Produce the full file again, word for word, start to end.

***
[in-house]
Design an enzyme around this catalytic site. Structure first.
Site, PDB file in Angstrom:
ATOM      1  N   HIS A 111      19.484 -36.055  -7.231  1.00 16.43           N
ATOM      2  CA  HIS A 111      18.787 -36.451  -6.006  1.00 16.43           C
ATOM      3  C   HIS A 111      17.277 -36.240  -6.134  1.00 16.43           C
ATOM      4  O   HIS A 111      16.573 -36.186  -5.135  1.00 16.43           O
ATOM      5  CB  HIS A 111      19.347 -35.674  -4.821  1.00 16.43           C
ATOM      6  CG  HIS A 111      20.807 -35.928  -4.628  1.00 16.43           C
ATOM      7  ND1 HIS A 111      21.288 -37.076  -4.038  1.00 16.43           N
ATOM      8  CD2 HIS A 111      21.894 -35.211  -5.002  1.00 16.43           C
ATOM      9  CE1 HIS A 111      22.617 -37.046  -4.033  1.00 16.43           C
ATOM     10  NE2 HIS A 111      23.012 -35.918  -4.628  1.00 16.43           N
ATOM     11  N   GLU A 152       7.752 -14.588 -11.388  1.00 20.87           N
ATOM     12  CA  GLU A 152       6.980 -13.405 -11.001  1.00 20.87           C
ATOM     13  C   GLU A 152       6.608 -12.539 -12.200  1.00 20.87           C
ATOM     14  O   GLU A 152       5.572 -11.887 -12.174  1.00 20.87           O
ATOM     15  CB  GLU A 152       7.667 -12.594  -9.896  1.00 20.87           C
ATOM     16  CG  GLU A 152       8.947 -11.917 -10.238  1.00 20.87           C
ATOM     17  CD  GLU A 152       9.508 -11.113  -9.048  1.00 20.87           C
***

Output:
[in-house]
Design an enzyme around this catalytic site. Structure first.
Site, PDB file in Angstrom:
ATOM      1  N   HIS A 111      19.484 -36.055  -7.231  1.00 16.43           N
ATOM      2  CA  HIS A 111      18.787 -36.451  -6.006  1.00 16.43           C
ATOM      3  C   HIS A 111      17.277 -36.240  -6.134  1.00 16.43           C
ATOM      4  O   HIS A 111      16.573 -36.186  -5.135  1.00 16.43           O
ATOM      5  CB  HIS A 111      19.347 -35.674  -4.821  1.00 16.43           C
ATOM      6  CG  HIS A 111      20.807 -35.928  -4.628  1.00 16.43           C
ATOM      7  ND1 HIS A 111      21.288 -37.076  -4.038  1.00 16.43           N
ATOM      8  CD2 HIS A 111      21.894 -35.211  -5.002  1.00 16.43           C
ATOM      9  CE1 HIS A 111      22.617 -37.046  -4.033  1.00 16.43           C
ATOM     10  NE2 HIS A 111      23.012 -35.918  -4.628  1.00 16.43           N
ATOM     11  N   GLU A 152       7.752 -14.588 -11.388  1.00 20.87           N
ATOM     12  CA  GLU A 152       6.980 -13.405 -11.001  1.00 20.87           C
ATOM     13  C   GLU A 152       6.608 -12.539 -12.200  1.00 20.87           C
ATOM     14  O   GLU A 152       5.572 -11.887 -12.174  1.00 20.87           O
ATOM     15  CB  GLU A 152       7.667 -12.594  -9.896  1.00 20.87           C
ATOM     16  CG  GLU A 152       8.947 -11.917 -10.238  1.00 20.87           C
ATOM     17  CD  GLU A 152       9.508 -11.113  -9.048  1.00 20.87           C